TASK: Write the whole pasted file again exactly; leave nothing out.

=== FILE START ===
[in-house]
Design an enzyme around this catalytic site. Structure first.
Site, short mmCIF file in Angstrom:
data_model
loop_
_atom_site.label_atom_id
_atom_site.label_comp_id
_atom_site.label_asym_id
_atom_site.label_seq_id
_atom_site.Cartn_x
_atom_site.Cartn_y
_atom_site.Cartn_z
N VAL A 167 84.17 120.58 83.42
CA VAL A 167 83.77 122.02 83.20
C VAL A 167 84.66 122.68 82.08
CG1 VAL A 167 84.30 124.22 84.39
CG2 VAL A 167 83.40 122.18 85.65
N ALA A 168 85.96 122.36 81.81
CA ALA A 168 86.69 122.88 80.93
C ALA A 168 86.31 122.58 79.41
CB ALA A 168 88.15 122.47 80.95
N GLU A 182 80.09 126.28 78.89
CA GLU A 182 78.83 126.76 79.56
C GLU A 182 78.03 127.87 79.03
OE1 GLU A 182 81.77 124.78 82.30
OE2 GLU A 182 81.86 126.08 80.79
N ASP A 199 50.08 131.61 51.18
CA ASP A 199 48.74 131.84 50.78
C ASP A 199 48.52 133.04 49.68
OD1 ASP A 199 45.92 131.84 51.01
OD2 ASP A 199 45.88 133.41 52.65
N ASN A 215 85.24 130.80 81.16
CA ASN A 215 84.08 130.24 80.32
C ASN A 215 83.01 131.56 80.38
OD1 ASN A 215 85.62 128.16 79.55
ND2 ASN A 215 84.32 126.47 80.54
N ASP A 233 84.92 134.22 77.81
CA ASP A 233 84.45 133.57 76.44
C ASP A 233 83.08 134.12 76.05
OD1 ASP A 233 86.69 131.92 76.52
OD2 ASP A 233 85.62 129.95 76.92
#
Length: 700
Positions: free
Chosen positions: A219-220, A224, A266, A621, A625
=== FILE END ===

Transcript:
[in-house]
Design an enzyme around this catalytic site. Structure first.
Site, short mmCIF file in Angstrom:
data_model
loop_
_atom_site.label_atom_id
_atom_site.label_comp_id
_atom_site.label_asym_id
_atom_site.label_seq_id
_atom_site.Cartn_x
_atom_site.Cartn_y
_atom_site.Cartn_z
N VAL A 167 84.17 120.58 83.42
CA VAL A 167 83.77 122.02 83.20
C VAL A 167 84.66 122.68 82.08
CG1 VAL A 167 84.30 124.22 84.39
CG2 VAL A 167 83.40 122.18 85.65
N ALA A 168 85.96 122.36 81.81
CA ALA A 168 86.69 122.88 80.93
C ALA A 168 86.31 122.58 79.41
CB ALA A 168 88.15 122.47 80.95
N GLU A 182 80.09 126.28 78.89
CA GLU A 182 78.83 126.76 79.56
C GLU A 182 78.03 127.87 79.03
OE1 GLU A 182 81.77 124.78 82.30
OE2 GLU A 182 81.86 126.08 80.79
N ASP A 199 50.08 131.61 51.18
CA ASP A 199 48.74 131.84 50.78
C ASP A 199 48.52 133.04 49.68
OD1 ASP A 199 45.92 131.84 51.01
OD2 ASP A 199 45.88 133.41 52.65
N ASN A 215 85.24 130.80 81.16
CA ASN A 215 84.08 130.24 80.32
C ASN A 215 83.01 131.56 80.38
OD1 ASN A 215 85.62 128.16 79.55
ND2 ASN A 215 84.32 126.47 80.54
N ASP A 233 84.92 134.22 77.81
CA ASP A 233 84.45 133.57 76.44
C ASP A 233 83.08 134.12 76.05
OD1 ASP A 233 86.69 131.92 76.52
OD2 ASP A 233 85.62 129.95 76.92
#
Length: 700
Positions: free
Chosen positions: A219-220, A224, A266, A621, A625